Is the TBI Fund Out of Money?
No.  At the present time we have sufficient funding to pay our existing obligations to vendors and providers.  As of November 1, 2009 we have placed all new applications on hold, but will review them under the existing criteria as we receive additional monies from the Motor Vehicle Commission.  Until the date the amended regulations are adopted, we will continue to accept all applications submitted under the existing rules.
 
 
Did the Fund Overspend?
No.  Based on the amount of money in the Fund and projections based on caseload and expenditure history (between 2004 and the end of 2007) the amount of funding expended was appropriate and manageable.  We began to use some of the surplus in 2008 to cover costs but also were more conservative in the amount of Fund awards.   In the summer of 2009 the significant influx of applications and the increased requests for service created the current financial crisis.
 
 
Are Vendors Being Paid for Services Rendered?
Yes, vendors are being paid but there is a significant backlog of bills. Staff has to reconcile each bill against the award made to the individual Fund recipient.  Errors and omissions in bills submitted have slowed the payment process, in many instances.  Although we have three full time staff working diligently to get bills paid and accounts up-to-date, there have been delays in issuing payments because of the sheer volume of bills we receive.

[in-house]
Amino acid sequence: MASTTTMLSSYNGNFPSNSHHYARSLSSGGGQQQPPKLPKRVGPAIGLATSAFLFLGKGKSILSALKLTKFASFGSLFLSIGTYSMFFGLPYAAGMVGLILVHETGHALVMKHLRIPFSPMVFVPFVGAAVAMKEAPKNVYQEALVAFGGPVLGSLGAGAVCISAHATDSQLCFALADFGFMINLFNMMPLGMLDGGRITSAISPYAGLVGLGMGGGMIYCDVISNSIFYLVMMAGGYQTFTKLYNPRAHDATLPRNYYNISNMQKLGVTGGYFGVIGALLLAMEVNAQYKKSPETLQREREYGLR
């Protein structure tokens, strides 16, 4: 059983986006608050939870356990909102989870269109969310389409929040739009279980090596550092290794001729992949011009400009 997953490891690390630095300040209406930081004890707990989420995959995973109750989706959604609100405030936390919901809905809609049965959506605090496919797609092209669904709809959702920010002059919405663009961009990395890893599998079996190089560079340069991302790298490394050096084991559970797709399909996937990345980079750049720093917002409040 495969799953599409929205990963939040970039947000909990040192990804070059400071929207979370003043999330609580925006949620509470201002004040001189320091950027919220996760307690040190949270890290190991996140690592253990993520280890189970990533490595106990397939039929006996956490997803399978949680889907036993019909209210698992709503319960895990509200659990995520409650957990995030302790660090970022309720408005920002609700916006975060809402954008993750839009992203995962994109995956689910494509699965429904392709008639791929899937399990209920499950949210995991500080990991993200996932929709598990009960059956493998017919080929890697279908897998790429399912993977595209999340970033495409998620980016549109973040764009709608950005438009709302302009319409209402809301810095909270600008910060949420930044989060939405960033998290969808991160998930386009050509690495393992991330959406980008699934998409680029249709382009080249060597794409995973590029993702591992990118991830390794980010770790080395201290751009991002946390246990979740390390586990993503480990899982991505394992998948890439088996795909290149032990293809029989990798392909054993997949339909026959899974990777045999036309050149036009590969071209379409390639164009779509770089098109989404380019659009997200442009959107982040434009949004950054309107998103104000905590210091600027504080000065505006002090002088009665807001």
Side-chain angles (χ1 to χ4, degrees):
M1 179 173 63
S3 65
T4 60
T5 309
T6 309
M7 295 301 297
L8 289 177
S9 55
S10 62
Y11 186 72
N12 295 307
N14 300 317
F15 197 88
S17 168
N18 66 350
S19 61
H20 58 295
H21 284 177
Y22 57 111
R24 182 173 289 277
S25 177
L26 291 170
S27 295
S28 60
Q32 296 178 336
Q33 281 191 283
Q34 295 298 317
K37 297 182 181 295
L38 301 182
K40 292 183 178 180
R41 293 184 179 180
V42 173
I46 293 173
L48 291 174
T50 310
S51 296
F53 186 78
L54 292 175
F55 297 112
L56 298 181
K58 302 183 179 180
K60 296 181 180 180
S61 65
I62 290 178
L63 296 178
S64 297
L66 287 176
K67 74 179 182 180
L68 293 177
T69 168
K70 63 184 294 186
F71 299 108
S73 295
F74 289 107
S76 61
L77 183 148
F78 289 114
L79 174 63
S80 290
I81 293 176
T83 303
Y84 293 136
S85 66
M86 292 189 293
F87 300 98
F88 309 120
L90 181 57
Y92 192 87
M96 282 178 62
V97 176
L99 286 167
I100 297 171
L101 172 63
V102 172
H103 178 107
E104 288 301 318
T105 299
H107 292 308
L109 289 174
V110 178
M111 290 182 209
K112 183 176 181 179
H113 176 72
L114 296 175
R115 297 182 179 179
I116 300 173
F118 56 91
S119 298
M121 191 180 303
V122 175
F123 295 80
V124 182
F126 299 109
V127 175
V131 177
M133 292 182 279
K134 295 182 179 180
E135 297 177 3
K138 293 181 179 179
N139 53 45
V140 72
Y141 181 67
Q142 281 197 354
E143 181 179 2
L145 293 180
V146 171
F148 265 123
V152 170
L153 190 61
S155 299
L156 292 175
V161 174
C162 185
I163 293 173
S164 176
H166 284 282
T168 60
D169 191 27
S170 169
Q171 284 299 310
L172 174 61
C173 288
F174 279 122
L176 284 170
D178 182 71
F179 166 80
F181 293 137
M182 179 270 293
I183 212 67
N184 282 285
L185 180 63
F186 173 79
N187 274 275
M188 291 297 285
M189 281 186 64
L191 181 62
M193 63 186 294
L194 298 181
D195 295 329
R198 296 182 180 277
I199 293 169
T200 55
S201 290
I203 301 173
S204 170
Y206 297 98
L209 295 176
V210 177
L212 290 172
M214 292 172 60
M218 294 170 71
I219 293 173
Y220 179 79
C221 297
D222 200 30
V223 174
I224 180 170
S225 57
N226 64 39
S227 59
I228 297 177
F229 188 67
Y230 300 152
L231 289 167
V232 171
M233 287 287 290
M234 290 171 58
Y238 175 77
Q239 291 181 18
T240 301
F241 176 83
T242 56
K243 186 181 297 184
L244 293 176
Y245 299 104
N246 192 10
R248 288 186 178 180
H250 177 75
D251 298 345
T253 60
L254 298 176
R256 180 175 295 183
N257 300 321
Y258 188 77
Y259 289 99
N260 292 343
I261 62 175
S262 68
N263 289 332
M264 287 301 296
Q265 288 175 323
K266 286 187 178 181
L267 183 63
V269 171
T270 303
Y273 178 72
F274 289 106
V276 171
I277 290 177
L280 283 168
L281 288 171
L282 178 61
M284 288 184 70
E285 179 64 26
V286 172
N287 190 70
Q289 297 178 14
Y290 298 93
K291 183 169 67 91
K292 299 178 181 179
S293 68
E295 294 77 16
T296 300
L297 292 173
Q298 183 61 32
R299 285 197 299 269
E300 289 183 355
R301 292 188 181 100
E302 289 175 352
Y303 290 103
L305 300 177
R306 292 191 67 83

What About Individuals with Acquired Brain Injury (ABI) Who Are Currently Receiving Services?
All currently approved and funded cases, whether TBI or ABI, will continue to receive service until the end of their approved “funding year.”  At that point those with ABI will not be eligible to re-apply for Fund coverage, but those with TBI will be able to do so.  All individuals with ABI who have submitted applications between November 1, 2009 and the date of the adoption of the amended rules will be reviewed and, if awarded services or supports, will receive them for a one-year period.   In addition, we have instructed our contracted TBI Fund Case Managers to work with each individual who becomes ineligible to help them locate other potential services.
 
 
For Further Information...
Joseph Amoroso, Acting Director
Division of Disability Services
NJ Department of Human Services
609-292-7800

Click here to download a pdf file of this Fact Sheet.